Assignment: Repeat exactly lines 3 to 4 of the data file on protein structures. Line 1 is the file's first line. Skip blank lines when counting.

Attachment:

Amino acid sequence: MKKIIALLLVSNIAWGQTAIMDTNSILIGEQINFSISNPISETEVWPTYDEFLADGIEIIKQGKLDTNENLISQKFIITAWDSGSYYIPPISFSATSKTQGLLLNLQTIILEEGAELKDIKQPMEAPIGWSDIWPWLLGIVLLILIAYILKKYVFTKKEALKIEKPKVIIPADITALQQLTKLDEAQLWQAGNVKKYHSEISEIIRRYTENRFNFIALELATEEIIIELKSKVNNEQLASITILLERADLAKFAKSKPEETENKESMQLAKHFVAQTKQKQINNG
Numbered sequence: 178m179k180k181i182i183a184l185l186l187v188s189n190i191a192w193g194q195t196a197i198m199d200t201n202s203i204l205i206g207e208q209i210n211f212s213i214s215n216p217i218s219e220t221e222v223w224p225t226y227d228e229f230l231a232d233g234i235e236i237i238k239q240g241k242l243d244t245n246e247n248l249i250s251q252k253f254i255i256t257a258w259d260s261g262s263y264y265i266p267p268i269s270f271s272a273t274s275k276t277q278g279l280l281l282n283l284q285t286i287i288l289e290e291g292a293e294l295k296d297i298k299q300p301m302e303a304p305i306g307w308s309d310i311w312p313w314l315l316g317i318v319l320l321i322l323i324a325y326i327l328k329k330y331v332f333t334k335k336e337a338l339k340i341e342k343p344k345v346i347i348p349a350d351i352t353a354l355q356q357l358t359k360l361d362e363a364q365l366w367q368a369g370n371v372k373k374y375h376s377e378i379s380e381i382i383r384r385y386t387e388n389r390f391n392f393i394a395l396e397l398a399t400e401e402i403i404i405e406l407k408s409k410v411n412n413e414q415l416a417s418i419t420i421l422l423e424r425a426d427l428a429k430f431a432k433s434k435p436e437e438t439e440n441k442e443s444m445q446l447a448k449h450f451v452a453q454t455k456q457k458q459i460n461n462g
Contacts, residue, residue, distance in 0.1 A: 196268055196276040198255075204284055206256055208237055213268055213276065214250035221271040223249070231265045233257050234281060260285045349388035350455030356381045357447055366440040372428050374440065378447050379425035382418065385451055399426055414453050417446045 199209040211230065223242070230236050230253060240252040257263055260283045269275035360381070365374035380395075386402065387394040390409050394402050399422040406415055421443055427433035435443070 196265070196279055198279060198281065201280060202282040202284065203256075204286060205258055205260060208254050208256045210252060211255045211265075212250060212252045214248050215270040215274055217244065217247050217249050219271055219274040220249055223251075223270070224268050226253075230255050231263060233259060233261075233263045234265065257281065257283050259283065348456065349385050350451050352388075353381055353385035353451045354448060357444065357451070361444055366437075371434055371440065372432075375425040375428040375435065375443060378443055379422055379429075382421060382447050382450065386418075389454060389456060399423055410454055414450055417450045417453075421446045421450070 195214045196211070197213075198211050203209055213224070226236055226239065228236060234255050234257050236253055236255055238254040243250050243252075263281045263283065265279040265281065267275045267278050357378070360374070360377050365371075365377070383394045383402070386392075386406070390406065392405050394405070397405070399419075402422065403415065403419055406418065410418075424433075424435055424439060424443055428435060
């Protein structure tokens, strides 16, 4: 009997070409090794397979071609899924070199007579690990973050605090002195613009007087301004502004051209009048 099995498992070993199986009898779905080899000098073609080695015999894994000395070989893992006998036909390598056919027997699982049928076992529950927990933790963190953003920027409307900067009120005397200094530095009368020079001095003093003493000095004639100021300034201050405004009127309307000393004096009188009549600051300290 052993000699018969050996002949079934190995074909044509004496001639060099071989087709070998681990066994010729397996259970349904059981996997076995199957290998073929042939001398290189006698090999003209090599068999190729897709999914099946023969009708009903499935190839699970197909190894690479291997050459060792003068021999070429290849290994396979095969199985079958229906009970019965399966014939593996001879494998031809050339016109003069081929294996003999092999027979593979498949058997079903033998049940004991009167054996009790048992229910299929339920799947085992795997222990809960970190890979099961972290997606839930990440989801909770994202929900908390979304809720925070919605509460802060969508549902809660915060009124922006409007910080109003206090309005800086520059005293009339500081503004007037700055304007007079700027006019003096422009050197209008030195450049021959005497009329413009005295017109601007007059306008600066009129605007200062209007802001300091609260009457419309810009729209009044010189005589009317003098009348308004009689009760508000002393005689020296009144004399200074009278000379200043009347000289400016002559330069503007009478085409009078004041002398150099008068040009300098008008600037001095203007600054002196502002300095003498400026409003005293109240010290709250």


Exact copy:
Contacts, residue, residue, distance in 0.1 A: 196268055196276040198255075204284055206256055208237055213268055213276065214250035221271040223249070231265045233257050234281060260285045349388035350455030356381045357447055366440040372428050374440065378447050379425035382418065385451055399426055414453050417446045 199209040211230065223242070230236050230253060240252040257263055260283045269275035360381070365374035380395075386402065387394040390409050394402050399422040406415055421443055427433035435443070 196265070196279055198279060198281065201280060202282040202284065203256075204286060205258055205260060208254050208256045210252060211255045211265075212250060212252045214248050215270040215274055217244065217247050217249050219271055219274040220249055223251075223270070224268050226253075230255050231263060233259060233261075233263045234265065257281065257283050259283065348456065349385050350451050352388075353381055353385035353451045354448060357444065357451070361444055366437075371434055371440065372432075375425040375428040375435065375443060378443055379422055379429075382421060382447050382450065386418075389454060389456060399423055410454055414450055417450045417453075421446045421450070 195214045196211070197213075198211050203209055213224070226236055226239065228236060234255050234257050236253055236255055238254040243250050243252075263281045263283065265279040265281065267275045267278050357378070360374070360377050365371075365377070383394045383402070386392075386406070390406065392405050394405070397405070399419075402422065403415065403419055406418065410418075424433075424435055424439060424443055428435060
């Protein structure tokens, strides 16, 4: 009997070409090794397979071609899924070199007579690990973050605090002195613009007087301004502004051209009048 099995498992070993199986009898779905080899000098073609080695015999894994000395070989893992006998036909390598056919027997699982049928076992529950927990933790963190953003920027409307900067009120005397200094530095009368020079001095003093003493000095004639100021300034201050405004009127309307000393004096009188009549600051300290 052993000699018969050996002949079934190995074909044509004496001639060099071989087709070998681990066994010729397996259970349904059981996997076995199957290998073929042939001398290189006698090999003209090599068999190729897709999914099946023969009708009903499935190839699970197909190894690479291997050459060792003068021999070429290849290994396979095969199985079958229906009970019965399966014939593996001879494998031809050339016109003069081929294996003999092999027979593979498949058997079903033998049940004991009167054996009790048992229910299929339920799947085992795997222990809960970190890979099961972290997606839930990440989801909770994202929900908390979304809720925070919605509460802060969508549902809660915060009124922006409007910080109003206090309005800086520059005293009339500081503004007037700055304007007079700027006019003096422009050197209008030195450049021959005497009329413009005295017109601007007059306008600066009129605007200062209007802001300091609260009457419309810009729209009044010189005589009317003098009348308004009689009760508000002393005689020296009144004399200074009278000379200043009347000289400016002559330069503007009478085409009078004041002398150099008068040009300098008008600037001095203007600054002196502002300095003498400026409003005293109240010290709250």